The Brandon McInerney trial ended with a hung jury, resulting in a mistrial. Brandon McInerney was charged with murdering his classmate, 14 year-old student Lawrence King. Seven jurors thought McInerney was guilty of only voluntary manslaughter, whereas five jurors wanted a murder conviction.
McInerney put on a gay panic defense, asserting that he was taunted by King and provoked into the killing. Jillian Weiss has a very good piece up at Bilerico about it:
Some jurors must have felt that McInerney was acting “in the heat of passion” based upon the alleged taunts of Lawrence King, in which King allegedly blew McInerney kisses, said “what’s up, baby?”, and suggested to others that McInerney was his boyfriend. Perhaps they did not credit the testimony that these were a response by King to McInerney’s bullying, or felt that, nonetheless, it was reasonable for McInerney to feel harassed. . . . [But] there is no reasonable argument here for “heat of passion,” unless one is homophobic. . . . [T]he “gay panic” defense is alive and well and living in California.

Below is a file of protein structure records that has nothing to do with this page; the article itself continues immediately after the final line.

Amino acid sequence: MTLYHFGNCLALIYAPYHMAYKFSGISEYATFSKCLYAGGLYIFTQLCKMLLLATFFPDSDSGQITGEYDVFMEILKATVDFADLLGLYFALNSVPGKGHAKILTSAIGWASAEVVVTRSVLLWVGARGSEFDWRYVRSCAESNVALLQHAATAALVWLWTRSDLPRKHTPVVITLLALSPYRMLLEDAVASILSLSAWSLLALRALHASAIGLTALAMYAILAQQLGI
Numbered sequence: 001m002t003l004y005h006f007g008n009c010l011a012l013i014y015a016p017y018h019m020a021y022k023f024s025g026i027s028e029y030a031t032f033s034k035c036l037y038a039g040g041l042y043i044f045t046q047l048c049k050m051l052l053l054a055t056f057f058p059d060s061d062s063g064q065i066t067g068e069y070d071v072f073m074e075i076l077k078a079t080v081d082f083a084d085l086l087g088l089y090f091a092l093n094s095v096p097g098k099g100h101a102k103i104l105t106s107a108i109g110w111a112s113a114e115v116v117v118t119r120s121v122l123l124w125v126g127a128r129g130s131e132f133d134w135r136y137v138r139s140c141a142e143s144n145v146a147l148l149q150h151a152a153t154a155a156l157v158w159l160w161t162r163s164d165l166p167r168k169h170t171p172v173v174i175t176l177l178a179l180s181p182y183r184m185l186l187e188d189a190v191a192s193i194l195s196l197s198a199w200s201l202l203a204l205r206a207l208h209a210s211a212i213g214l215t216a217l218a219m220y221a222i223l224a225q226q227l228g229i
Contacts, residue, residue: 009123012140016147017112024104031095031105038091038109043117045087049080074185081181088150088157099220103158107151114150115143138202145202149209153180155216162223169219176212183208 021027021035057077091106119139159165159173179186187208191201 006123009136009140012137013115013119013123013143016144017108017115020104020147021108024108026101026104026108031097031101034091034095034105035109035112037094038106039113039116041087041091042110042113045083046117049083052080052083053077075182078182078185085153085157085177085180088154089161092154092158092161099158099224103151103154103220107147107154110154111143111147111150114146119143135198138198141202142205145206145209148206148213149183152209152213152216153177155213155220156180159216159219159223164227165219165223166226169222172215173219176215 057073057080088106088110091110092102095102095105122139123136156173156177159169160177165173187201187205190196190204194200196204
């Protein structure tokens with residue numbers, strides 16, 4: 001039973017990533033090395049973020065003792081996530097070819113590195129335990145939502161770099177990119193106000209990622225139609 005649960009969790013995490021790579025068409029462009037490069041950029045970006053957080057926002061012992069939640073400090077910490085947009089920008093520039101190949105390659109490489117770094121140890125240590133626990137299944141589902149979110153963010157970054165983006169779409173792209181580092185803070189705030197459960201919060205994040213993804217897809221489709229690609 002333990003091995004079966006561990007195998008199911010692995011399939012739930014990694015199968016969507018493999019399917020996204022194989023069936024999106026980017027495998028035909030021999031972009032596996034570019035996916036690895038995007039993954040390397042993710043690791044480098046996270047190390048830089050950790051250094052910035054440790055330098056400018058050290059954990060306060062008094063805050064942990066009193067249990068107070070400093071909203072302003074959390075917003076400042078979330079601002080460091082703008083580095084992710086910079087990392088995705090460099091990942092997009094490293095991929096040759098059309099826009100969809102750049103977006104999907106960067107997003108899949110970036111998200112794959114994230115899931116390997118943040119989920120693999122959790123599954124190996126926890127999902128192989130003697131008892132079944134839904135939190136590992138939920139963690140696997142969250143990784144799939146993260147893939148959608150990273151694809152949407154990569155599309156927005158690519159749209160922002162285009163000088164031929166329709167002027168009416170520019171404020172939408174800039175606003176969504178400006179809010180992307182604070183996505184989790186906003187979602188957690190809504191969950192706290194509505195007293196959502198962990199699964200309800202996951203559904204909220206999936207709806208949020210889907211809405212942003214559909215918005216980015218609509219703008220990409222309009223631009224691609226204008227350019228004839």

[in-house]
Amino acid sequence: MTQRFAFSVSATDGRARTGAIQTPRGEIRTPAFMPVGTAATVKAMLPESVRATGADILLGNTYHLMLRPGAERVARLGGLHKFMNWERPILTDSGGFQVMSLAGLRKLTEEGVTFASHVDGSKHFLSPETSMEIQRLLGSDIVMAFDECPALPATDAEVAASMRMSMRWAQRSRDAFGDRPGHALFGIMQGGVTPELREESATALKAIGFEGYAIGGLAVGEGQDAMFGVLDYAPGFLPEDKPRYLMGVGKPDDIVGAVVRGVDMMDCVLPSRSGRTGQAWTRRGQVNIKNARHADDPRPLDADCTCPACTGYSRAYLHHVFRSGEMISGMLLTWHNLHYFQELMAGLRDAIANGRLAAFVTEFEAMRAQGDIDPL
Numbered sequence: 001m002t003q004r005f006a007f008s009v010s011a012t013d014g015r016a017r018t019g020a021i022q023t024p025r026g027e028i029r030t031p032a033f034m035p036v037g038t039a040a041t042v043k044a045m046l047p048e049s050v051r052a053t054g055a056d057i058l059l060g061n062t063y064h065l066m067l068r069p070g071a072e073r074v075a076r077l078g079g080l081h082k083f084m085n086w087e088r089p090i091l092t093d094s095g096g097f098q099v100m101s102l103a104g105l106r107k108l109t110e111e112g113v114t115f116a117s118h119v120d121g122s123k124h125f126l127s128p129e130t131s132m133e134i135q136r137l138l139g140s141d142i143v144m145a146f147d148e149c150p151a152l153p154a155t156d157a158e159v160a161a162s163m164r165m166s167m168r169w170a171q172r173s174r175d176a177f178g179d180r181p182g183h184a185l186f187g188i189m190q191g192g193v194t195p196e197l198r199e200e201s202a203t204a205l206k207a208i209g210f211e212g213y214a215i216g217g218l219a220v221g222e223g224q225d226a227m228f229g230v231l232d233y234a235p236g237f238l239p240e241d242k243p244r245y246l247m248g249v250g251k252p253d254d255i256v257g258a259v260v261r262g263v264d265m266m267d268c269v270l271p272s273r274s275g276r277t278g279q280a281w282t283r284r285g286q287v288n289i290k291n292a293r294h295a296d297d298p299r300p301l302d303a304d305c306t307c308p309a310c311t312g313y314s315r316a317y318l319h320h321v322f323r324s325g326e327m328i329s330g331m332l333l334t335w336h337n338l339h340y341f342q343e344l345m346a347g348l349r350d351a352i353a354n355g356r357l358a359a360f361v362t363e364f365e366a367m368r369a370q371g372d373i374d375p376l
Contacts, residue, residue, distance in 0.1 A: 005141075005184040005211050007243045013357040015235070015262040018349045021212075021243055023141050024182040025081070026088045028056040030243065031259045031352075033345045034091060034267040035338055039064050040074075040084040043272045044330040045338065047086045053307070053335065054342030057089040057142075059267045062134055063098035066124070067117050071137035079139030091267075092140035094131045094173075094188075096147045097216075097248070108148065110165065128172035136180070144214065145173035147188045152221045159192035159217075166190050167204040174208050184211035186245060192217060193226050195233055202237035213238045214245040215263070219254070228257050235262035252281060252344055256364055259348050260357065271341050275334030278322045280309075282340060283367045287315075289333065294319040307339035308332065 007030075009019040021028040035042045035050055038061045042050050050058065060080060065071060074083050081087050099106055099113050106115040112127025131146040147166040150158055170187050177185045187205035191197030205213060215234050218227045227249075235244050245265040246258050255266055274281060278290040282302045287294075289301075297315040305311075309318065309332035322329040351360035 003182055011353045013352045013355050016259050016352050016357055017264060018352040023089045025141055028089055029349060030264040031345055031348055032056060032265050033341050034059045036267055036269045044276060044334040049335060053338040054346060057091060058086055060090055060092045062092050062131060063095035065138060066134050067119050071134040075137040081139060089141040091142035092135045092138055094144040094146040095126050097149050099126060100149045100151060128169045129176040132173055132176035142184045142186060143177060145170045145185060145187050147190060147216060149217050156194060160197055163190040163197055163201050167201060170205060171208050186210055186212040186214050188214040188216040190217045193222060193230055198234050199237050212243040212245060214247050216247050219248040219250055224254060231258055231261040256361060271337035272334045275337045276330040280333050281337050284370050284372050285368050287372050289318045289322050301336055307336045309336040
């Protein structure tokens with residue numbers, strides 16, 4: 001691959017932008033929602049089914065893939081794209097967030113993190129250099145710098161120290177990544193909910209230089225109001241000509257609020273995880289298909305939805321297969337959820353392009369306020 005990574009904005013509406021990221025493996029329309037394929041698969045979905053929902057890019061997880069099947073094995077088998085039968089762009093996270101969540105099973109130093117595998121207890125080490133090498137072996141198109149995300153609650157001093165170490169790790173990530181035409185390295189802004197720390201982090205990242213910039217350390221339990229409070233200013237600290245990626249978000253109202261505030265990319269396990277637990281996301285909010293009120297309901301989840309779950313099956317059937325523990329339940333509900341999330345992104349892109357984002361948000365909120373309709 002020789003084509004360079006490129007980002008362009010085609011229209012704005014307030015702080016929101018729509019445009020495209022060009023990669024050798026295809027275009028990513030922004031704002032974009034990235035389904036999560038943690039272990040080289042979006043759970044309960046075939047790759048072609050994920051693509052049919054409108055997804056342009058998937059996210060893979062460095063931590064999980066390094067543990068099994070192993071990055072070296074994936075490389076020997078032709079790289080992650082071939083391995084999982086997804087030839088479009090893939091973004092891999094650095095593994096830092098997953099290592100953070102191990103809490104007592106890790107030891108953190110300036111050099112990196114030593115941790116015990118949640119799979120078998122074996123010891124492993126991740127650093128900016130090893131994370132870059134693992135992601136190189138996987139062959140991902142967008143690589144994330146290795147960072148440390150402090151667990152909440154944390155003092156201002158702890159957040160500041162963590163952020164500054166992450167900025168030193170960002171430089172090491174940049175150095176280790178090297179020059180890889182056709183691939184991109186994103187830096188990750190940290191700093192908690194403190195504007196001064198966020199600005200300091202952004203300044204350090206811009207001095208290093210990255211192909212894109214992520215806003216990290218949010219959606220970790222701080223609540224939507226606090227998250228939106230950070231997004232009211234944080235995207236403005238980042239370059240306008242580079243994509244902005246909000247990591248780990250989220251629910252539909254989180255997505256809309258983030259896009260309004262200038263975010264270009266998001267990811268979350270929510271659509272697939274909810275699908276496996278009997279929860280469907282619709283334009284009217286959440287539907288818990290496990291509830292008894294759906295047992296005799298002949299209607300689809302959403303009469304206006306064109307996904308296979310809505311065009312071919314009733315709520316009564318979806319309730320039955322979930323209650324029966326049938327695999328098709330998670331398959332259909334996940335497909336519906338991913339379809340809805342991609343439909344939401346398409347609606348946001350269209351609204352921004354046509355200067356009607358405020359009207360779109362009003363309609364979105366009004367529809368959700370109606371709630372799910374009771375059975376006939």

Elsewhere, Weiss has pointed out the sexist double-standard at work in this kind of defense. She makes an important point. Women are harassed all the time with taunts of “what’s up, baby?,” leers and catcalls. I am unaware of an instance in which such harassment has been considered a legitimate defense to first degree murder. If it were, I suspect there wouldn’t be many straight men left alive in this world.